Video games are a young media, establishing a foothold in early 1970s and really taking off in the the 1980s. Video games were initially focused on games proper or as I like to say the play of measurement but evolved to include puzzles, sport, toys, and sign-play.
As I’ve mentioned in previous posts I see video games as being the digital child of play and play is fundamental to humans and other species. I am not embarrassed to love video games. Yet there are quite a few enthusiasts and creators are so desperate for legitimacy they need to equate video games with art or as I will discuss in the post, with literature.
We see some of these suppositions below:
Some are desperate for video games to possess the same qualities of literature as defined by Rick Gekoski:
“Nevertheless, what you find in the greatest works of literature often involves some or all of the following: the high quality of the language, complexity of theme and detail, universality, depth and quality of feeling, memorableness, rereadability … When you read works of this quality you often feel, and continue to feel, that your internal planes have shifted, and that things will never, quite, be the same again.”
This appears to stem from a metaphysical conviction that stories are the basis of everything:
The Universe is made of stories, not of atoms. – Muriel_Rukeyser
Ian Bogost responds to these positions that they have the wrong intention to demand video games tell better stories so they can become more worthy. I agree with him that just because a video game tells a well-written story does not suddenly make all video games meaningful. In the same way that video games don’t have to be art to be meaningful, video games don’t need to be literature to be meaningful.
There are many involved in video games who want to capture greater meaning in their profession or leisure by cribbing from other medias. Some developers strive to make video games more like movies by making visual and audio aesthetics more cinematic. Some critics strive to make video games into literature by emphasizing stories with greater depth, while others desperately want video games to be classified as art.
In the Adventure and Interactive Fiction genres we see the closest mimicry of literature, where we find plots, settings, characters, and narrative devices to try and convey a meaningful story. Instead of chapters and scene-changes found in literature, a developer will delay the story-reveal through puzzles and narrative riddles.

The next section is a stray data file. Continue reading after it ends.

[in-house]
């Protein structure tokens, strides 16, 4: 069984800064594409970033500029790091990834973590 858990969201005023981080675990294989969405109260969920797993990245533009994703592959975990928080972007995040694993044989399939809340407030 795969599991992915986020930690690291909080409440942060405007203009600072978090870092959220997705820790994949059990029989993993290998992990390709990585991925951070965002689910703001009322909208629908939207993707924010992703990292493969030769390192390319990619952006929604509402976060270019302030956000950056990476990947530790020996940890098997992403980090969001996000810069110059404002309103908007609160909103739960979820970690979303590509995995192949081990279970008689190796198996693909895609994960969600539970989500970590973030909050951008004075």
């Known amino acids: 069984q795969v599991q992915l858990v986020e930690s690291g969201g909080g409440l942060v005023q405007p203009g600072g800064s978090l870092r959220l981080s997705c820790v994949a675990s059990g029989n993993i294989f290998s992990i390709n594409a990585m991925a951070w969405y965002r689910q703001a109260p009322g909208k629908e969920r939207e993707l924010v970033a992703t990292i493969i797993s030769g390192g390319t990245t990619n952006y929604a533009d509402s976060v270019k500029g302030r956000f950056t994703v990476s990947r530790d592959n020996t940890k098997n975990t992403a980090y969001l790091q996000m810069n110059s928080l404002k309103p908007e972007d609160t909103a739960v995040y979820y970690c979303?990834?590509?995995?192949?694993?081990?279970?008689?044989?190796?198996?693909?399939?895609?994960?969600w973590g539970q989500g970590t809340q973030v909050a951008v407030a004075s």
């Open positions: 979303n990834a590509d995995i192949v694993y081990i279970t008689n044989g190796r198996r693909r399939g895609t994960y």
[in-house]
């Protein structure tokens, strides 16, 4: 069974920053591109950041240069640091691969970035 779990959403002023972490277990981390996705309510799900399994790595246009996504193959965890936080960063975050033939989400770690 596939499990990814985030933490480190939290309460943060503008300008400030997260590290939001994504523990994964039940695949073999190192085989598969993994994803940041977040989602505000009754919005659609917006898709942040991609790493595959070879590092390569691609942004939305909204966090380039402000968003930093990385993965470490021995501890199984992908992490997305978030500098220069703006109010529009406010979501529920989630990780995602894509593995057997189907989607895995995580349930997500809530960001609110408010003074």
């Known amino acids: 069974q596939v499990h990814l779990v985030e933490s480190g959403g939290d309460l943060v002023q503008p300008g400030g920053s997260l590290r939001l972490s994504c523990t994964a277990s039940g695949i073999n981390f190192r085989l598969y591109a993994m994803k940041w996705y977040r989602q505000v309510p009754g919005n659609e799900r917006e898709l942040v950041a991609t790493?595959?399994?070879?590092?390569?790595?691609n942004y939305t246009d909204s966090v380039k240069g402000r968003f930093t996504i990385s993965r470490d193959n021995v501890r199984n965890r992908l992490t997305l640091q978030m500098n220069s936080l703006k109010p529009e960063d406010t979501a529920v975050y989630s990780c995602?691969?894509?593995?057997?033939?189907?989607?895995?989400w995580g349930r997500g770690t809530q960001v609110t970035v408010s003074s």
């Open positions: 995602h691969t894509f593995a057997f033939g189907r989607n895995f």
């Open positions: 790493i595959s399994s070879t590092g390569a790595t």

Video games were founded around needing an obstacle to be overcome, which is part of why they are so popular and distinct from other medias. I would propose that in the 1980s-90s we saw the popularity of literature-mimicking genres of Adventure and Interactive Fiction because they contained puzzle play. These two genres then fell off as they were replaced by a new genre of video game that provided the puzzle play that was being sought. Interaction Fiction died out by the 1980s and the Adventure genre saw a decline in the 2000s at the time we saw a rise of the casual games portals which allowed people to play what they really wanted.
Player needs were being better met by the new Casual Games genre which provided an abundance of Match-3 and other puzzle mechanics. Why would a player go for an Adventure game for a story when they can simply pickup a book and read it? Alternatively, why would a player engage with an Adventure game for its puzzles when there were pure puzzle games available on the Internet? While those genres still command a loyal following, they are much less prominent as they once were.
Some are sad that Adventure and Interactive Fiction have fallen off but I’m not surprised. Casual Games (a poor title since some of those games are very intense and require high hand-eye coordination) meet a primal need that has been with us for a very long time. Puzzles, mazes, and riddle play predates the creation of video games by thousands of years and are an essential component of human mystery and culture. Humans may love to tell and hear stories but they also love to create and solve puzzles.
As early as 2300 BC we see labyrinth drawings being popular around the world, particularly in Ancient Greece and Egypt. Not only where these labyrinths there to engage the solving mind, but also held religious and spiritual significance to ancient cultures. One of the most famous labyrinths was the ancient Cretan Labyrinth, supposedly built by King Minos of Greece for his mythic Minotaur. The labyrinth did actually exist, but the tale of the Minotaur is just a popular legend. Puzzles have been with us for thousands of years, predating the earliest literature (the first labyrinths dates around 2300 BC while the Epic of Gilgamesh dates around 2150 BC).